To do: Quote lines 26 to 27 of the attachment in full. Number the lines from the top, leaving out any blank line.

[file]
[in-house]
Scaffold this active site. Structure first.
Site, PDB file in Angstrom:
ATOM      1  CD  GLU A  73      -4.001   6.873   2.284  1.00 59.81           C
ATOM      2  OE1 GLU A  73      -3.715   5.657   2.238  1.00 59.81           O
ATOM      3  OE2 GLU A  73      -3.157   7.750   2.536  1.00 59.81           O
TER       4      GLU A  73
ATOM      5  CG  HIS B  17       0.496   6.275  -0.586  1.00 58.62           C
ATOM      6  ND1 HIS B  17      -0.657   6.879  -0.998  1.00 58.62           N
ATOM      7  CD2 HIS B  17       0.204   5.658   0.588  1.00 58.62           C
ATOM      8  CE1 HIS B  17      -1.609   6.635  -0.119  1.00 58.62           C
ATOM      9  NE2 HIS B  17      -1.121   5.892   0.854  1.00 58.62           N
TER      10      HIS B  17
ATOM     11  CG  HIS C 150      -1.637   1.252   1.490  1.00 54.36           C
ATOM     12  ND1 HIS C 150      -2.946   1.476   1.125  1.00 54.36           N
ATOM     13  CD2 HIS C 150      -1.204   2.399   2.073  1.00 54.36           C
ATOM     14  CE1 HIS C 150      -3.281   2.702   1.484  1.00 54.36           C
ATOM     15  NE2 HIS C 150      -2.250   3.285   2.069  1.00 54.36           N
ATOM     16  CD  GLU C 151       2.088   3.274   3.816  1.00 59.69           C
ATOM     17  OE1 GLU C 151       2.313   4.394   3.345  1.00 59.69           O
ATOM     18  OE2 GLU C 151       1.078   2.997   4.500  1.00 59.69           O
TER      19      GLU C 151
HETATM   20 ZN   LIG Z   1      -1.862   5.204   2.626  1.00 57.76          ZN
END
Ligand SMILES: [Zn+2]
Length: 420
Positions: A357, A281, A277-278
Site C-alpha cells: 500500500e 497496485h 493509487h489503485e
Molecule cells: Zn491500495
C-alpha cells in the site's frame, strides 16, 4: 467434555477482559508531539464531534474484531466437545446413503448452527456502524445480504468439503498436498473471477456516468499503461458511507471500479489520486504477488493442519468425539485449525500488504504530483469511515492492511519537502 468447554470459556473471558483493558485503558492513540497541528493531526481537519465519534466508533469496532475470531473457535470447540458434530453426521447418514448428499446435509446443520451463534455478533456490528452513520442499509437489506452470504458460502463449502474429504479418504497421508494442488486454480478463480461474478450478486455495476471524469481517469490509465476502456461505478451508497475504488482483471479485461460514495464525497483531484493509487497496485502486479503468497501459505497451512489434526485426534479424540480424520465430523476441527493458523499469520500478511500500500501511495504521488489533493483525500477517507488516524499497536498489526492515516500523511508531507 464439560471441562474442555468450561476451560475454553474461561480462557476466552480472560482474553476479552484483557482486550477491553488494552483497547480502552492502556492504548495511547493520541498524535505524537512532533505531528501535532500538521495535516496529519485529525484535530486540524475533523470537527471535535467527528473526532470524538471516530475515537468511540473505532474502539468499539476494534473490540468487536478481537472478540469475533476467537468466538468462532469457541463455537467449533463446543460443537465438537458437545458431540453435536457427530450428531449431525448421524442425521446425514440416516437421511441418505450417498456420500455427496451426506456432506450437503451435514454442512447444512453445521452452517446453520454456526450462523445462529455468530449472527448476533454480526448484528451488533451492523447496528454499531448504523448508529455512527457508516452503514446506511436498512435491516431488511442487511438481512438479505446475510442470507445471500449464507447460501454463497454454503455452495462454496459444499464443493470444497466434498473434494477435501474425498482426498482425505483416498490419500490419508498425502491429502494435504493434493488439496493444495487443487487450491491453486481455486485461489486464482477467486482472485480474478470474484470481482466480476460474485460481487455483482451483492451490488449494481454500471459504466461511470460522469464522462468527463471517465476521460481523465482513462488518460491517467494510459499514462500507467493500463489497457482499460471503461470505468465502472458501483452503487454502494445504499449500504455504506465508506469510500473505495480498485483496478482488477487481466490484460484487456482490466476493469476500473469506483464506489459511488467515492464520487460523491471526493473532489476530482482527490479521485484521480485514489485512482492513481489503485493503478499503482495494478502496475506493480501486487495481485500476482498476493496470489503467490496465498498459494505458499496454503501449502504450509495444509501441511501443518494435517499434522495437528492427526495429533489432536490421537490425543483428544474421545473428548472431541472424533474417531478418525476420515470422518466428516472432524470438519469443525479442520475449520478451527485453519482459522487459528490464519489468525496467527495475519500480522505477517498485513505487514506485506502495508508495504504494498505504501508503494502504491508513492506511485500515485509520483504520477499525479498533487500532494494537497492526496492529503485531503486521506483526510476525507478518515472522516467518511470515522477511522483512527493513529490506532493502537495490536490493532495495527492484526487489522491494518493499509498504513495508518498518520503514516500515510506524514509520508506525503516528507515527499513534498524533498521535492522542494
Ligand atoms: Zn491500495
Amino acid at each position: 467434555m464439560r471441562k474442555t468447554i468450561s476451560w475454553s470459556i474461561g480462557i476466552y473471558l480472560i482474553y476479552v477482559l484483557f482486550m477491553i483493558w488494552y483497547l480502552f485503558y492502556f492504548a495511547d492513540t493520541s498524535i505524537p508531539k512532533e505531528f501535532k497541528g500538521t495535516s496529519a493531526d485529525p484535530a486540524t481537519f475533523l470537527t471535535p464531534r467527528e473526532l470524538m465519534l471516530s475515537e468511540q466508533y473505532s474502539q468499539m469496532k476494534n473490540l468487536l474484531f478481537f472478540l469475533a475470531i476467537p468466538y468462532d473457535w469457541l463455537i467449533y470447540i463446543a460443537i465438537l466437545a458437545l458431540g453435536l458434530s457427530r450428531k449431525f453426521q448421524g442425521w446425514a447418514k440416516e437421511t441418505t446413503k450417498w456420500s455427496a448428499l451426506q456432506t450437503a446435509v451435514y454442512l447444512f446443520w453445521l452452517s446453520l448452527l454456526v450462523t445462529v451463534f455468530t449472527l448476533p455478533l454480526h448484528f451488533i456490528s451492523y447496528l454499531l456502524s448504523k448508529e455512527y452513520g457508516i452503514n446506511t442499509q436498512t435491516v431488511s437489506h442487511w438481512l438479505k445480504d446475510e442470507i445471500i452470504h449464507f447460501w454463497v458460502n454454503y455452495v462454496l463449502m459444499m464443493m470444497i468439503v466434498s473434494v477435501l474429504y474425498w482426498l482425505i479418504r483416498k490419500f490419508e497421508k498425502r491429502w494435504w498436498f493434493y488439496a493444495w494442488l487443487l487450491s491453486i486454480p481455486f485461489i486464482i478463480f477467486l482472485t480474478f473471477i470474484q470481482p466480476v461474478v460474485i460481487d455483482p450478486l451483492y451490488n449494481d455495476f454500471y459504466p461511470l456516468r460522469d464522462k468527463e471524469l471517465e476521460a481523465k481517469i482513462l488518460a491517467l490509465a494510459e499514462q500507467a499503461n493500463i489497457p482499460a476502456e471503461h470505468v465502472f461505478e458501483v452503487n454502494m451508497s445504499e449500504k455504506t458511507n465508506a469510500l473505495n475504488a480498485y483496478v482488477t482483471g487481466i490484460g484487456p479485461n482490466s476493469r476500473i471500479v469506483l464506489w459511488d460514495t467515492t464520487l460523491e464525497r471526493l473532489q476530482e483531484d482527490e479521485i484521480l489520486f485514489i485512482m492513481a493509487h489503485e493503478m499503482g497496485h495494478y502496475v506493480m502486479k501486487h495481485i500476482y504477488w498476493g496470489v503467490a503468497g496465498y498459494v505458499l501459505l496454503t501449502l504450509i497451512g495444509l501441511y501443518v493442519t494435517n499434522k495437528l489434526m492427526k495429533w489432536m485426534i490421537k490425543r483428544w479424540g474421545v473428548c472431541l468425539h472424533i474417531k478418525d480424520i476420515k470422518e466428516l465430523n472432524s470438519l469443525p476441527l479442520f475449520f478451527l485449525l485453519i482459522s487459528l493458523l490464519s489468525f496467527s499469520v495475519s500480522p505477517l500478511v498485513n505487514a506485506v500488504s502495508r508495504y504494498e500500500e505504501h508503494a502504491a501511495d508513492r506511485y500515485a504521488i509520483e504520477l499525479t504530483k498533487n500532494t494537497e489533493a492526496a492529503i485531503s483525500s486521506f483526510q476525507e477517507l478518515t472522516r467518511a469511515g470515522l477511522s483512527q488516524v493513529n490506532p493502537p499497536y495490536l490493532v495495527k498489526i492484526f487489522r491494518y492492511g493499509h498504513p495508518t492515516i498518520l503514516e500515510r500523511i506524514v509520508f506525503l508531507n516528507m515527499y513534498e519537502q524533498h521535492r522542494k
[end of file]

Length: 420
Positions: A357, A281, A277-278